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I’m a Celebrity…Or Am I?


We live in a world defined by opposites. For every right there exists a wrong. For every good, an evil. For every rational argument, you can guarantee a corresponding conspiracy theory, and for every fresh OJ drinker, a maniacally inclined, ‘from-concentrate’ convert. We used to be able to add to these ranks another pairing, blatantly incompatible and seldom to be confused: that between politician — sober, erudite and principled — and the media celebrity. Yet, against all odds, these disparate categories seem to have forged a strange sort of union. Like the on-screen enigma of Ross and Rachel, politicians and celebrities seem to be all but inexplicably attracted to one another — only this time, I’m the one who needs a break.

The origins of the ‘celebrity politician’ are unclear. It’s tempting to blame social media, but anyone who has braved more than a cursory glance @elizabeth.truss.mp would surely beg to differ; unlike the Kardashians, I don’t think she’s in danger of creating any cultural shockwaves. In fact, I hate to say it, but I reckon Richard Curtis needs to shoulder at least some of the blame, here. After all, you can’t cast Hugh Grant as butt-jiggling, national-hero Mr. Prime Minister and not expect the tender egos of Downing Street to develop grand ideas. Whatever the cause, the catastrophic outcome couldn’t be clearer: between Boris Johnson’s zip-wiring farce, guest appearances in the Strictly Ed Balls — sorry, Ballroom, to Matt Hancock’s latest stint in the Jungle, politicians are increasingly fashioning themselves as modern celebrities. To be fair, they seem to be having a fair degree of success; tickets to the inaugural Lockdown Garden Party were as hotly contested as the 2022 Met Gala, or so I’ve heard.

At the same time, and with equal fervour, the good old-fashioned celebrity has undergone a bizarre transformation. Gone are the tabloid pages professing nights of drunken debauchery and drug-induced delirium. The noughties clung to the legacy of sex, drugs and rock and roll, but the celebs of 2023 are more likely to be downing detox juice or protein shakes than cocktails. It seems the images of Michael Gove ‘sending it’ in Aberdeen’s nightclubs have finally tipped them over the edge; we are entering a new age of the ‘celibate’ celebrity.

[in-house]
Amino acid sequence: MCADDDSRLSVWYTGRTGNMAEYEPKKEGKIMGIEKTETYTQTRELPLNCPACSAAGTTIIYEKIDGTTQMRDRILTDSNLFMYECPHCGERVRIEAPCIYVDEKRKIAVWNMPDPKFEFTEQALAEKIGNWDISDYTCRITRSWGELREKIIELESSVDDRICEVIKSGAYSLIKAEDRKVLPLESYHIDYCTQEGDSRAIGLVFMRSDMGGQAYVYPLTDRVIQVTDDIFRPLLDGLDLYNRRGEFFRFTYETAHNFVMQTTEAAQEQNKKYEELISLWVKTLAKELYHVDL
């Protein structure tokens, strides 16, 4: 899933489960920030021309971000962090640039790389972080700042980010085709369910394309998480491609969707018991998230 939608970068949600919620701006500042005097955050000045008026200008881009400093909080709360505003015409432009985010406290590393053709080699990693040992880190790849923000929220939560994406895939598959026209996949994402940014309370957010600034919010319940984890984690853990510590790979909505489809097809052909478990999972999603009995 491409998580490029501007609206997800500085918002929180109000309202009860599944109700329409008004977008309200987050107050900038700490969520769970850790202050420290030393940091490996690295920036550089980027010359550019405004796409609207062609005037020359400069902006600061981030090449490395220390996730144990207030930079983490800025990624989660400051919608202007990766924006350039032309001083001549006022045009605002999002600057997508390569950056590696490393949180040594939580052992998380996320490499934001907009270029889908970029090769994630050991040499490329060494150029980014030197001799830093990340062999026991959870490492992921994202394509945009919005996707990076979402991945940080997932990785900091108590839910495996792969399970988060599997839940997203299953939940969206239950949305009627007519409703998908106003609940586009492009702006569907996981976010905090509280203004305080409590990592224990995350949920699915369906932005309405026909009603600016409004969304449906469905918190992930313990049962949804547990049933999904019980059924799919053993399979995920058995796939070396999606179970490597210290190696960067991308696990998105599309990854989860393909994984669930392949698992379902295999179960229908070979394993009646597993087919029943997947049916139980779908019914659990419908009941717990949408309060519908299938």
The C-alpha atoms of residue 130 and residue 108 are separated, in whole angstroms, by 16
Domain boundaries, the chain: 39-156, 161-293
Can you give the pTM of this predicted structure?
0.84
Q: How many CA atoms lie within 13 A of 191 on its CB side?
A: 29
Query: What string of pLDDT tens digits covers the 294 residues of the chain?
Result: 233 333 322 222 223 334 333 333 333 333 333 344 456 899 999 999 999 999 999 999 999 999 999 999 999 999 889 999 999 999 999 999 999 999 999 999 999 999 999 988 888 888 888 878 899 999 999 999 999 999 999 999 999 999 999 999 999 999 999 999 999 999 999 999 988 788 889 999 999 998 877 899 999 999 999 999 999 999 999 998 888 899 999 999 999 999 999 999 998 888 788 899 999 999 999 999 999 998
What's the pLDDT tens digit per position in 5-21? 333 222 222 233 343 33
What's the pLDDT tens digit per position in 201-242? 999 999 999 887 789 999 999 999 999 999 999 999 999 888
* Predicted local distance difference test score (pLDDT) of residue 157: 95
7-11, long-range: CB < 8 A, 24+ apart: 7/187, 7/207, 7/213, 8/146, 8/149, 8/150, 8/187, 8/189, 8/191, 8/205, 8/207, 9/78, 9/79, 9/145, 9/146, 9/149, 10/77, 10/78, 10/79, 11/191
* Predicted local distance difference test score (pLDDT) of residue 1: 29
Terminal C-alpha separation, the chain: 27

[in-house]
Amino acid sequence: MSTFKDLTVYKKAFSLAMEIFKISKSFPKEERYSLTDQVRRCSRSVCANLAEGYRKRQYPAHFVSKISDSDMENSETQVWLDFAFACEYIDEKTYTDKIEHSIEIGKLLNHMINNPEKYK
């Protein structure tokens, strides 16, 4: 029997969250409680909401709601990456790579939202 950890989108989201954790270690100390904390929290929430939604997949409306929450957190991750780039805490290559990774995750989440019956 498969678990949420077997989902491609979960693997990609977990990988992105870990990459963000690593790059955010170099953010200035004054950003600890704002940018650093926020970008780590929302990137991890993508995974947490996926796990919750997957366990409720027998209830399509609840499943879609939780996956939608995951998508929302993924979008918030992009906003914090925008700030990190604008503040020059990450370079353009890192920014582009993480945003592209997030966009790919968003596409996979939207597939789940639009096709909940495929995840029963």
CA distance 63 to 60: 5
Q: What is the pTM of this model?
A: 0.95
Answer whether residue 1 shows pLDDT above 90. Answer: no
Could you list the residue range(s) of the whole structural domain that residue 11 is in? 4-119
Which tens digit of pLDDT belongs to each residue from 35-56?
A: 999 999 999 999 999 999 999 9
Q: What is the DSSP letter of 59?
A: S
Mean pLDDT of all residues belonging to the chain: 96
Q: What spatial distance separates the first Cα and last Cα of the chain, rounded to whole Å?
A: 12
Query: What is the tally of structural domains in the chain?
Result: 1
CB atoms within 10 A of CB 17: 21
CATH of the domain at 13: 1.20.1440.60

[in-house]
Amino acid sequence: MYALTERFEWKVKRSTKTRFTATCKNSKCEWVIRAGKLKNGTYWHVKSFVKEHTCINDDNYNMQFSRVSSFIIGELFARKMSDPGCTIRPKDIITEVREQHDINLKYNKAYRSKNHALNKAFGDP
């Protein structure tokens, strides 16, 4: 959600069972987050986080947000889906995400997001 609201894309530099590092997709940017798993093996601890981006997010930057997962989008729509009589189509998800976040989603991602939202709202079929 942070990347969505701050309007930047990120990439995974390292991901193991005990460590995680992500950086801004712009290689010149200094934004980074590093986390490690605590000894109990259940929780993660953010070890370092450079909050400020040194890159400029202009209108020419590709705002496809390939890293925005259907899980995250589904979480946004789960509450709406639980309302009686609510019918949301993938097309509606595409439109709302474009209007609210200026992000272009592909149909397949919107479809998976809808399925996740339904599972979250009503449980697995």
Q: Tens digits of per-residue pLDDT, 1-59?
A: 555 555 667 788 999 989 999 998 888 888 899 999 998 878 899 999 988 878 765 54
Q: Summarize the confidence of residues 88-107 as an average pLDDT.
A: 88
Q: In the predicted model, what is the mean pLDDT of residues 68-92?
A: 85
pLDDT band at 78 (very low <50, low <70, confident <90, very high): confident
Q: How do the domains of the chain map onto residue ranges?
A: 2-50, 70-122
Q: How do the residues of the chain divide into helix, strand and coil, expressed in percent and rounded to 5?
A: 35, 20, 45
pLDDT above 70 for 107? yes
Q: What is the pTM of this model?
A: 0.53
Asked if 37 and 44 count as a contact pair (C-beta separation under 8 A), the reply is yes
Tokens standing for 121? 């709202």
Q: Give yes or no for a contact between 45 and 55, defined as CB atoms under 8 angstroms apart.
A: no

Correspondingly, and perhaps correlatively, we are holding these figures to ever-stricter standards of behaviour. The otherworldly existence of Posh and Becks was a welcome point of reverie in the nineties yet, skip to 2022, and David Beckham was brought straight back to earth by his morally questionable involvement in the Qatar World Cup. That dazzling smile might have been enough to charm a previous generation but, these days, those pearly whites are simply an unwelcome symbol of inauthenticity. More broadly speaking, it seems we expect all ‘influencers’, be they sportsmen, musicians, actors or comedians, to exert their ‘influence’ responsibly. Launching campaigns on vaccines to veganism, and widely-criticised for staying silent, celebrities, I would argue, have been politicised.

Perhaps this is no bad thing; certainly, it’s the favourable half of the equation. Celebrities seem to be remarkably adept at dipping their toes into our muddied political waters, after all. Take Marcus Rashford’s successful campaign for free school meals: his triumph, which secured £120 million of government investment, was a remarkable political feat, even if you’re judging it by ‘professional’ standards.

Nonetheless, the phenomenon points to a concerning political reality in the UK. Footballers should be looked to for entertainment and escapism — a necessary imaginative outlet for those less talented. Certainly, they shouldn’t command more respect than our political leaders.

Politicians, on the other hand, need to get serious — as do our expectations of them. Yes, we’ve all rallied around the various evils of political perjuries, scandalous affairs and notorious ‘Tory sleaze’. Yet, inexplicably, we continue to value performative, media savvy political candidates above all else. Across the ideological spectrum, the likes of Theresa May and Keir Starmer are denounced as ‘boring’, uninspiring or lacking personality — insults that prove reputationally damaging. Yet this isn’t Big Brother; first and foremost, candidates should be judged on their policies over their on-screen charisma.

So, I suppose I’m all for celebrities getting involved in politics if they want to. I’ll even concede that, while our tabloid headlines may have suffered, it’s surely a sign of progress that celebrities are upholding higher standards of morality. One thing that I cannot endorse, however, is the media dominance of the ‘political celebrity’. Our political landscape — entangled in a web of crises and plagued by boorish behaviour — is increasingly resembling a jungle. If we are to make genuine progress, politicians who foster celebrity ambitions need to get out of here.



Illustration: Otto Heffer

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